If you are able to take part in a learning analytics focus group, please complete the following form by Thursday 26 November 2020: data focus group sign-up sheet 

Re-defining ePortfolio

We would like to invite you to take part in a focus group on how best to incorporate student reflective learning, both academic and personal, within your practice.

Driven by a need to engage better with reflective practice, the University’s current ePortfolio system is under review. We are returning to a baseline of what we need to achieve to support students and staff to understand, undertake, provide evidence for, and in some cases assess, reflective practice.  

This gives us the opportunity to share ideas, needs and challenges with reflective practice in order to identify what is needed from a ‘system’ that is relevant to all students. Furthermore, we aim to identify technology that will work in parallel with current University systems to ensure streamlined working processes for staff and students. 

We need your valuable opinions to help shape the University’s ePortfolio review process. If you are able to take part in a focus group, please complete the following short form by Thursday 3 December 2020: ePortfolio focus group sign-up sheet

DateTime
Tuesday 8 December 202010.00 – 11.00
Tuesday 8 December 202015.00 – 16.00
Wednesday 9 December 202010.00 – 11.00
Wednesday 9 December 202015.00 – 16.00
Dates and times of ePortfolio focus groups

If you have any questions about the focus groups, please contact ltds@ncl.ac.uk 

What is reflective practice?

There are substantial benefits in being a reflective student. Research shows that students who are reflective when learning will have a deeper understanding of their subject.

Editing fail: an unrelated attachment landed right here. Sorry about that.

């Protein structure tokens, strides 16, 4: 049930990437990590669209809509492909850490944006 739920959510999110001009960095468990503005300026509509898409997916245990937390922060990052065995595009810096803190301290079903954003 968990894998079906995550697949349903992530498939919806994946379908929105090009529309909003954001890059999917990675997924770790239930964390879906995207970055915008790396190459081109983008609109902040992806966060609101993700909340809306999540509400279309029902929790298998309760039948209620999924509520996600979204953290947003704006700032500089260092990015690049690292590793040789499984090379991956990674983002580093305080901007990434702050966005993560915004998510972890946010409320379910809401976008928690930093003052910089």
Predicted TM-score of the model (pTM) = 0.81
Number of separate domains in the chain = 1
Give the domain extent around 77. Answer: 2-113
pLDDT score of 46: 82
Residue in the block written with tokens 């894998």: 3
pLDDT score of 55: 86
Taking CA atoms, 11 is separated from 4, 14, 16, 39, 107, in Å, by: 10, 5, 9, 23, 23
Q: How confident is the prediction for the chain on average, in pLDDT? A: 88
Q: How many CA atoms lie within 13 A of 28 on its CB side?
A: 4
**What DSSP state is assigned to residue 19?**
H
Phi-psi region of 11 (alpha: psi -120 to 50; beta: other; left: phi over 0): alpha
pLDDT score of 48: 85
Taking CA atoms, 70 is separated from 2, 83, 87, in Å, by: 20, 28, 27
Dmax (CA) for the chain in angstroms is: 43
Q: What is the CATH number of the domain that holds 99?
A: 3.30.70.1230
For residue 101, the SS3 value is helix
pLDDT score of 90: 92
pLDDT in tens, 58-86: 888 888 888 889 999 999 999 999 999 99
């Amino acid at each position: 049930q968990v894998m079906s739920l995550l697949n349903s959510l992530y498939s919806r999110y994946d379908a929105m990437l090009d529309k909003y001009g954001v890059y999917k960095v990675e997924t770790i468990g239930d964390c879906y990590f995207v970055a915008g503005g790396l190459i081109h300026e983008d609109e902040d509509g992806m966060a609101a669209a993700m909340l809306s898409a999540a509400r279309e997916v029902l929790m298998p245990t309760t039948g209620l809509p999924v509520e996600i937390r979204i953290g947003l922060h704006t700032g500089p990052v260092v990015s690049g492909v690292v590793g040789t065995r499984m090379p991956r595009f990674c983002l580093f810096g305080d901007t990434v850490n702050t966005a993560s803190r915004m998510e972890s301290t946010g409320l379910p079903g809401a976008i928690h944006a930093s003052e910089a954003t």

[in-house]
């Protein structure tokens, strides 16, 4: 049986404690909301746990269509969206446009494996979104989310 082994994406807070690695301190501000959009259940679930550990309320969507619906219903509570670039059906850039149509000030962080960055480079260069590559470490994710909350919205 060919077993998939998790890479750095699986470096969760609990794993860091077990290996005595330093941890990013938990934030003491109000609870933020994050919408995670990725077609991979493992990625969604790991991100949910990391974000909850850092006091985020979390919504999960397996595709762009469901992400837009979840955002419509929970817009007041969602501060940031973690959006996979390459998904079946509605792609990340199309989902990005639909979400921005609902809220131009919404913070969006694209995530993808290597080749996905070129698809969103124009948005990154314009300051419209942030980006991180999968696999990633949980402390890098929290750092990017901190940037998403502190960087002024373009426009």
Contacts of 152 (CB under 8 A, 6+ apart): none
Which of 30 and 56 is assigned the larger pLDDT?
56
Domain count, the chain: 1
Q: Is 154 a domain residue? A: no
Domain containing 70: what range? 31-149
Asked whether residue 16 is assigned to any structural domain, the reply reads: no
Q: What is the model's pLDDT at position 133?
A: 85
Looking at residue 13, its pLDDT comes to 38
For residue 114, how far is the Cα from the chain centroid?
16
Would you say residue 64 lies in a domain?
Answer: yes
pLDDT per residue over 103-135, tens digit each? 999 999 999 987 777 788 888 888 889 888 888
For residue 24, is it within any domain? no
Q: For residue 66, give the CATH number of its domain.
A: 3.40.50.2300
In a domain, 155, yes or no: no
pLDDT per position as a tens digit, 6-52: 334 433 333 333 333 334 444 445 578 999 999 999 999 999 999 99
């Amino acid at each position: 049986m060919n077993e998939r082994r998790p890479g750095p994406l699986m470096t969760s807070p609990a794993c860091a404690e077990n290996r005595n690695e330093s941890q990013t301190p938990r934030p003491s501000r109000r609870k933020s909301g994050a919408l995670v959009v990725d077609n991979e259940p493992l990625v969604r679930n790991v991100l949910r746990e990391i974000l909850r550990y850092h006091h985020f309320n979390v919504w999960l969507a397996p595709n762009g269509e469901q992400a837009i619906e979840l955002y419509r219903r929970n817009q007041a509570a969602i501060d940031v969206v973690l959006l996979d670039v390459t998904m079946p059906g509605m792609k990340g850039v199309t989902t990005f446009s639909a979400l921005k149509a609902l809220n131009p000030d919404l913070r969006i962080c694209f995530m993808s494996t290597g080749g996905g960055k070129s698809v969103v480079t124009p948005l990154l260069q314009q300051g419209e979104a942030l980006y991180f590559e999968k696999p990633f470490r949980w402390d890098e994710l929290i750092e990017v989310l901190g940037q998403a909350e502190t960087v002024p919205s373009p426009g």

What does being reflective mean?

There is a lot of research around reflective learning.

David Kolb – Experiential Learning

David Kolb is an American educationalist whose work focuses on experiential learning. Experiential learning is learning that takes place from experiences. He developed a learning cycle that shows learning taking place initially from experiencing a situation, then reflecting on that situation, forming generalisations and concepts, and then applying the knowledge learned. (click the image to enlarge)

Kolb experiential learning cycle

 

Donald Schön – Reflection-in-action/Reflection-on-action

Reflection does not just take place after an event. Schon explained that reflection, albeit quick and less considered reflection, can take place during an event as well.

Graham Gibbs – Reflective Cycle

Gibbs expanded on Kolb’s experiental learning cycle. He described a structured debriefing process to enable reflection. (click the image to enlarge)

Graeme Gibbs Reflective Learning Cycle

 

Further reading:

Schön, D. (1983) The Reflective Practitioner, How Professionals Think In Action, Basic Books.

Kolb. D. A. and Fry, R. (1975) Toward an applied theory of experiential learning. in C. Cooper (ed.), Theories of Group Process, London: John Wiley.

Gibbs, G. (1988) Learning by doing: A guide to teaching and learning methods, Oxford Centre for Staff and Learning Development, . London: Further Education Unit.